Beatrix Jane, Countess Cadogan,
née Craven (1844-1907),
Elizabeth, Queen of Bohemia

The daughter of an earl and married to an earl, Countess Cadogan was a leader of London Society and a great political hostess. In 1895 her husband was appointed Viceroy of Ireland and during her period as Vicereine "she was at the centre… of every possible good work, hospital nursing associations, and the industrial development of the country." Imposing as she may seem, she was said to be the life and soul of her own home life and "a most devoted mother and grandmother."

Elizabeth of Bohemia was the eldest daughter of King James I of England. Married to Frederick III the future Bohemian “Winter King” of short duration (1619-20) she spent twenty years in exile after Frederick was ejected from the throne. Elizabeth eventually returned to England and stayed at the London house of 1st Earl Craven, the countess’s direct ancestor.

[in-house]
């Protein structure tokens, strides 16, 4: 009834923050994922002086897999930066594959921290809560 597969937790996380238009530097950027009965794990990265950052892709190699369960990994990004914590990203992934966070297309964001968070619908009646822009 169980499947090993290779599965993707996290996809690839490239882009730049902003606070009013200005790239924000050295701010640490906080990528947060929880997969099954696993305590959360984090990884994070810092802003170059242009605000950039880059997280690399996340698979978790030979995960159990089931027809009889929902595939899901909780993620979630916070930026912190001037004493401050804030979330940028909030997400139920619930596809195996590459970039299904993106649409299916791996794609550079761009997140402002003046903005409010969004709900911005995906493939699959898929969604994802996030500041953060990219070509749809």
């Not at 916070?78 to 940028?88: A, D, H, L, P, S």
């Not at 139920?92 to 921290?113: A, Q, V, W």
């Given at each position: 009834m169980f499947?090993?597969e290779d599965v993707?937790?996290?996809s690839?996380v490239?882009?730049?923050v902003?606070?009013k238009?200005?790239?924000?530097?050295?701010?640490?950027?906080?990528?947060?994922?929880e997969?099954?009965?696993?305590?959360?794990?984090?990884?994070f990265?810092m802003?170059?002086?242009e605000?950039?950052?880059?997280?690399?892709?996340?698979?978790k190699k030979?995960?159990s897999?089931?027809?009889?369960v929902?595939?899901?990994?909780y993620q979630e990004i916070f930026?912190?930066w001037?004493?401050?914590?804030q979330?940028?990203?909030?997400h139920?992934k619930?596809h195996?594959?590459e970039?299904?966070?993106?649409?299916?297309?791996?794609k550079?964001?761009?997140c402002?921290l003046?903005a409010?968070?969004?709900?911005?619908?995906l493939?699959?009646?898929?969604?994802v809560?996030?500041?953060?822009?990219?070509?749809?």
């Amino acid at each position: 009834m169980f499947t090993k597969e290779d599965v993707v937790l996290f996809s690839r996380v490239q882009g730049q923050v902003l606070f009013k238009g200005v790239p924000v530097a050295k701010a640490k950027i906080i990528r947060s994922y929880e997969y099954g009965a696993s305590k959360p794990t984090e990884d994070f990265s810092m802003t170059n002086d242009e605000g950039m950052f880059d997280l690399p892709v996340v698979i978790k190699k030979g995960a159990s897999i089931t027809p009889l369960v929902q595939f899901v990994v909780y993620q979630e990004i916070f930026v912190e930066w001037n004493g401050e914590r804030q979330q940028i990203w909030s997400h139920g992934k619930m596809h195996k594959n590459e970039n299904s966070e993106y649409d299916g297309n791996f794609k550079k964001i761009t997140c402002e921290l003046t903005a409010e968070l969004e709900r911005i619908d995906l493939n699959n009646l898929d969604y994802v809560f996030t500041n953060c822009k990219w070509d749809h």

Countess Cadogan’s father owned a portrait of Gerard Honthorst’s “Elizabeth, Queen of Bohemia” in his collection, but her costume for the Ball appears to be more closely on a version (c. 1630) owned at the time by the Earl of Romney.

Countess Cadogan wears a black velvet gown. The plain bodice has large puffed sleeves and ruffles of lace, and a large Vandyke lace collar. Two rows of pearls go around her waist with more rows festooning the bodice and mirroring exactly the “fortune in pearls on her breast” in the Honthorst painting.

This image was made in the Lafayette studio almost three weeks after the Ball.



Click on image to enlarge
copyright V&A. Lady Ashburton 1897V&A Lafayette Archive
Negative number: L1482


copyright V&A. Lady Ashburton 1897
Gerard Honthorst’s “Elizabeth, Queen of Bohemia”.

copyright V&A. Lady Ashburton 1897
The Countess photographed in peeress's robes by Lafayette for The Lady's Realm, 1897




List of Sitters
All text copyright © Russell Harris 2011